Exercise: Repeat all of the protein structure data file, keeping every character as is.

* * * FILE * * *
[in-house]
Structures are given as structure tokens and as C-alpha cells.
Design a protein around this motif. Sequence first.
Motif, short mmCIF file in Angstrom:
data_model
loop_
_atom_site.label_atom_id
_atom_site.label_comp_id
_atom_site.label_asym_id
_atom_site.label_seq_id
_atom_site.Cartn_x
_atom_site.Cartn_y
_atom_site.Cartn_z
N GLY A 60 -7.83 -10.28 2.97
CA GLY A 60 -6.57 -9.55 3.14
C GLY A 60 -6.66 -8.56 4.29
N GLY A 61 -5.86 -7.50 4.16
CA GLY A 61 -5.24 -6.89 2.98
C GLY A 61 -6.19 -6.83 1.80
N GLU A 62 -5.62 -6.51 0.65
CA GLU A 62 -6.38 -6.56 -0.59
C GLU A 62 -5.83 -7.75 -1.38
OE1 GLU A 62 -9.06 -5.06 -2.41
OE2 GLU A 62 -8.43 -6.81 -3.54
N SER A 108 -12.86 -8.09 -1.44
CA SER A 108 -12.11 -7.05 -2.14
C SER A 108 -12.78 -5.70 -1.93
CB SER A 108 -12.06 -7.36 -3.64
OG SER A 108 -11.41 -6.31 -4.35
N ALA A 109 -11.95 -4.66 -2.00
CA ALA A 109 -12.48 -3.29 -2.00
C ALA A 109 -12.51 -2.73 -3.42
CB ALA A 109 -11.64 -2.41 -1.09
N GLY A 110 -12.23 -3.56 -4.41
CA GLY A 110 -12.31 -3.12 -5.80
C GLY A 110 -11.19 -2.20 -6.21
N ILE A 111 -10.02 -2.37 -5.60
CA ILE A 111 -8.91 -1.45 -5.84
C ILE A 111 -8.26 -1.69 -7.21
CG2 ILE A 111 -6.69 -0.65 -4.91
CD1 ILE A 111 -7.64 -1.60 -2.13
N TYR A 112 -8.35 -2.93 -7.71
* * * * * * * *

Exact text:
[in-house]
Structures are given as structure tokens and as C-alpha cells.
Design a protein around this motif. Sequence first.
Motif, short mmCIF file in Angstrom:
data_model
loop_
_atom_site.label_atom_id
_atom_site.label_comp_id
_atom_site.label_asym_id
_atom_site.label_seq_id
_atom_site.Cartn_x
_atom_site.Cartn_y
_atom_site.Cartn_z
N GLY A 60 -7.83 -10.28 2.97
CA GLY A 60 -6.57 -9.55 3.14
C GLY A 60 -6.66 -8.56 4.29
N GLY A 61 -5.86 -7.50 4.16
CA GLY A 61 -5.24 -6.89 2.98
C GLY A 61 -6.19 -6.83 1.80
N GLU A 62 -5.62 -6.51 0.65
CA GLU A 62 -6.38 -6.56 -0.59
C GLU A 62 -5.83 -7.75 -1.38
OE1 GLU A 62 -9.06 -5.06 -2.41
OE2 GLU A 62 -8.43 -6.81 -3.54
N SER A 108 -12.86 -8.09 -1.44
CA SER A 108 -12.11 -7.05 -2.14
C SER A 108 -12.78 -5.70 -1.93
CB SER A 108 -12.06 -7.36 -3.64
OG SER A 108 -11.41 -6.31 -4.35
N ALA A 109 -11.95 -4.66 -2.00
CA ALA A 109 -12.48 -3.29 -2.00
C ALA A 109 -12.51 -2.73 -3.42
CB ALA A 109 -11.64 -2.41 -1.09
N GLY A 110 -12.23 -3.56 -4.41
CA GLY A 110 -12.31 -3.12 -5.80
C GLY A 110 -11.19 -2.20 -6.21
N ILE A 111 -10.02 -2.37 -5.60
CA ILE A 111 -8.91 -1.45 -5.84
C ILE A 111 -8.26 -1.69 -7.21
CG2 ILE A 111 -6.69 -0.65 -4.91
CD1 ILE A 111 -7.64 -1.60 -2.13
N TYR A 112 -8.35 -2.93 -7.71